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As N.H. Senate Debates Its Future, Medicaid Eases A Tough Life in Coos County

Jack Rodolico
A nurse reads Jennifer Howe's blood pressure before a procedure at Upper Connecticut Valley Hospital.

When Jen Howe woke up on Monday, she wasn’t planning on being back in the surgeon’s office. She’s laid out on a table, and the nurse reminds her to relax, and breathe.

Howe had an abdominal surgery two weeks ago. The incision is just below her waistline. Dr Krzysztof Plociennik is probing two inches into the wound, poking at a hard spot until blood squirts out of the wound.

"So you could see that firmness which is better now was a collection of old blood. It could turn into the pocket of pus. You okay?"

"Oh yeah, I’m sweating. "

Howe is a regular patient at Indian Stream Health Center, the northernmost clinic in the state. She had to walk across the street to Upper Connecticut Valley Hospital for this procedure. Together, the two facilities serve about 8,000 people who live across 850-sqaure miles. Indian Stream is so remote, the federal government classifies it as “frontier medicine,” says Dr. John Fothergill.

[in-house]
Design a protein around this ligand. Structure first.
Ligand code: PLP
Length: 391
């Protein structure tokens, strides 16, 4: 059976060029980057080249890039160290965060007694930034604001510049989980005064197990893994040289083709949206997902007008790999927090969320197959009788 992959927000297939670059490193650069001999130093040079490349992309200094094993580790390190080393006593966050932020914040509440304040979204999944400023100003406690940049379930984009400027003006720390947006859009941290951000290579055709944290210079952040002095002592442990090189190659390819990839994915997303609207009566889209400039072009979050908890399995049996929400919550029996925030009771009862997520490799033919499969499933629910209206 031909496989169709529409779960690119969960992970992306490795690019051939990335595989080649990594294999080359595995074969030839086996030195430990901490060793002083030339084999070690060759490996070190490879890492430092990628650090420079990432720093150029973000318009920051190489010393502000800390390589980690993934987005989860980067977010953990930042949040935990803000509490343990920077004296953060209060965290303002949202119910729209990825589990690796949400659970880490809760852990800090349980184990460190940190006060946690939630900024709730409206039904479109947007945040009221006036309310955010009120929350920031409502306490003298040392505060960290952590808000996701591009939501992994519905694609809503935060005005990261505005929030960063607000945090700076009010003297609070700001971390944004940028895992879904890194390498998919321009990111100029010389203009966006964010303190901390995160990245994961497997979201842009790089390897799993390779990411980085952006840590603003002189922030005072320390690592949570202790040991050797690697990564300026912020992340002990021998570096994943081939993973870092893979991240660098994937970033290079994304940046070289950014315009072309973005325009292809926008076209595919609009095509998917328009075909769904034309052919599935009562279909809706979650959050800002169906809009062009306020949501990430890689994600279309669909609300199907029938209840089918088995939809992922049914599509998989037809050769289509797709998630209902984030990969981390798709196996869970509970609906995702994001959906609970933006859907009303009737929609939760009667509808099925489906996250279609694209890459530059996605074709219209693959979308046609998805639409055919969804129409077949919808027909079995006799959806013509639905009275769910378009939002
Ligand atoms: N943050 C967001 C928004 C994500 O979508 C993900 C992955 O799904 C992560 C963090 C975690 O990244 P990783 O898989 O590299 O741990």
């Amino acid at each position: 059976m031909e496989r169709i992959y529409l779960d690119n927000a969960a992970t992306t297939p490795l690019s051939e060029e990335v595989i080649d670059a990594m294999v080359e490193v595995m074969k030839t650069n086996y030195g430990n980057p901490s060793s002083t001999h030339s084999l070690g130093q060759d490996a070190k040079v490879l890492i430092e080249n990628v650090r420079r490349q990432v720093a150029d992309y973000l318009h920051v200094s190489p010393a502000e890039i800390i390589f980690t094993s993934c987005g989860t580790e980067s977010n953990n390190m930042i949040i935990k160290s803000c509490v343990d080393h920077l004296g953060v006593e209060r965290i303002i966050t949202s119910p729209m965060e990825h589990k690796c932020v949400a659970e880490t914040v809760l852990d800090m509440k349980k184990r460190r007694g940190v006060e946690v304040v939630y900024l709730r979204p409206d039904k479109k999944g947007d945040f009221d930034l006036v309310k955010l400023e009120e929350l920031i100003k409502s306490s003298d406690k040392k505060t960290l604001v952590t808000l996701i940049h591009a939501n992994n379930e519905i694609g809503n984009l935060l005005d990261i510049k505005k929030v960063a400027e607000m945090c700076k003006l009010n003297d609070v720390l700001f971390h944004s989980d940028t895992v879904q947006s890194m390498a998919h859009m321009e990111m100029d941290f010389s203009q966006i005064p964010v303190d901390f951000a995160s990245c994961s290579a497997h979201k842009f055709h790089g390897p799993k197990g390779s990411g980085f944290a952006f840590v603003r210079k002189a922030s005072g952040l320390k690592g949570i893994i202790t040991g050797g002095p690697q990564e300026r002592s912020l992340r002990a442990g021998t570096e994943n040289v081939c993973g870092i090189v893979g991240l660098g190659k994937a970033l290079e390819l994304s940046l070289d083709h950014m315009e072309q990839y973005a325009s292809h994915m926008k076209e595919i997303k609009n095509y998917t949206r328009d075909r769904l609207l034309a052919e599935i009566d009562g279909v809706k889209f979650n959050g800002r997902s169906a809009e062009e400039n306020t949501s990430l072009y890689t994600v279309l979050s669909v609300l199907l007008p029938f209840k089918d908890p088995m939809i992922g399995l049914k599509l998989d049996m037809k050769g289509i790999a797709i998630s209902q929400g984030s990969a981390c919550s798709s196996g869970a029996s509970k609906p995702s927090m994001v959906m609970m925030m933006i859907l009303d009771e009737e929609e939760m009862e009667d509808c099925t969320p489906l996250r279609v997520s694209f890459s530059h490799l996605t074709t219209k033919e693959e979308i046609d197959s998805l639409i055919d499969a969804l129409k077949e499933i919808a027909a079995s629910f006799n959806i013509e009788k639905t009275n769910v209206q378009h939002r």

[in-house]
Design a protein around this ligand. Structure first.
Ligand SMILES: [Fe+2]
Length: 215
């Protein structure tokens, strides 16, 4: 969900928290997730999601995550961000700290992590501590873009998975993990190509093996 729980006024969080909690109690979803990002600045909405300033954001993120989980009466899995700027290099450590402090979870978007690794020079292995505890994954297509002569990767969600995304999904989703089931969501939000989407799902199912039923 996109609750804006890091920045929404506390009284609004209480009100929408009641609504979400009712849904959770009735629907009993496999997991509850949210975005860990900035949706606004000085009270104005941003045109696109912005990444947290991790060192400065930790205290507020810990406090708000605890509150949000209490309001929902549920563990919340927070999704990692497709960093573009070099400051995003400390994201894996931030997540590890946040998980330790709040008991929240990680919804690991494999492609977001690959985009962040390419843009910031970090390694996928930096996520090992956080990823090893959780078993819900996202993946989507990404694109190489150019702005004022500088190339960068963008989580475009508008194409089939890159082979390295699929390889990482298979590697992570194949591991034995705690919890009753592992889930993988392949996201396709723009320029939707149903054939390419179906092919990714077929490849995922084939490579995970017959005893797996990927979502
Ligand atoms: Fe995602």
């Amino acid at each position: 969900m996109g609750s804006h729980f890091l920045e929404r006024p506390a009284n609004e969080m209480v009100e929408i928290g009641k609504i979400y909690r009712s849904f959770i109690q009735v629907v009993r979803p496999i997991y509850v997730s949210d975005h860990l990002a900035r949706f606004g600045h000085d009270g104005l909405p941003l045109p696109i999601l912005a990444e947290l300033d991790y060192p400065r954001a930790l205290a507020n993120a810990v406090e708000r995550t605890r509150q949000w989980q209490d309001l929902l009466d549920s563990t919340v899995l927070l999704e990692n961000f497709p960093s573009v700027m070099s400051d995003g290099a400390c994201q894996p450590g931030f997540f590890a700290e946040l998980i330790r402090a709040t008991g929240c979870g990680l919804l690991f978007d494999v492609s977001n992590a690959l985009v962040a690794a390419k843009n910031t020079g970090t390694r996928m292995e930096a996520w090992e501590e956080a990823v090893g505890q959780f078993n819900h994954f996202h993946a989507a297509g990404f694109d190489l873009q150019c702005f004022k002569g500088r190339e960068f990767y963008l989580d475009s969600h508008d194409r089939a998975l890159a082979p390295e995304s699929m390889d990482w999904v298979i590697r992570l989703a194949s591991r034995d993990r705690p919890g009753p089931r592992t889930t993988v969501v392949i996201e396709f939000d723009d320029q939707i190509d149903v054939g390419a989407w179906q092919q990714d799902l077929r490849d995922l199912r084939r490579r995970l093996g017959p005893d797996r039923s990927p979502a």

"I hope our techniques and our skills don’t suggest we’re frontier, but I guess by the federal government we’re frontier medicine. "

Indian Stream is one of about 1,200 federally qualified health centers. Those centers get extra federal dollars because they serve lots of people on Medicaid or with no insurance. Everything’s under one roof here – dental, mental health, a pharmacy.

Credit Jack Rodolico for NHPR

The expanded Medicaid program, or the New Hampshire Health Protection Program, started in 2014, and now covers 48,000 people. In Coos County, 5.4% of people are covered under it – more than any other county, and more than double the rate of Rockingham County. Such numbers have given the program broad, but not universal, political support.

Neal Kurk is the Republican chair of the House Fiscal Committee.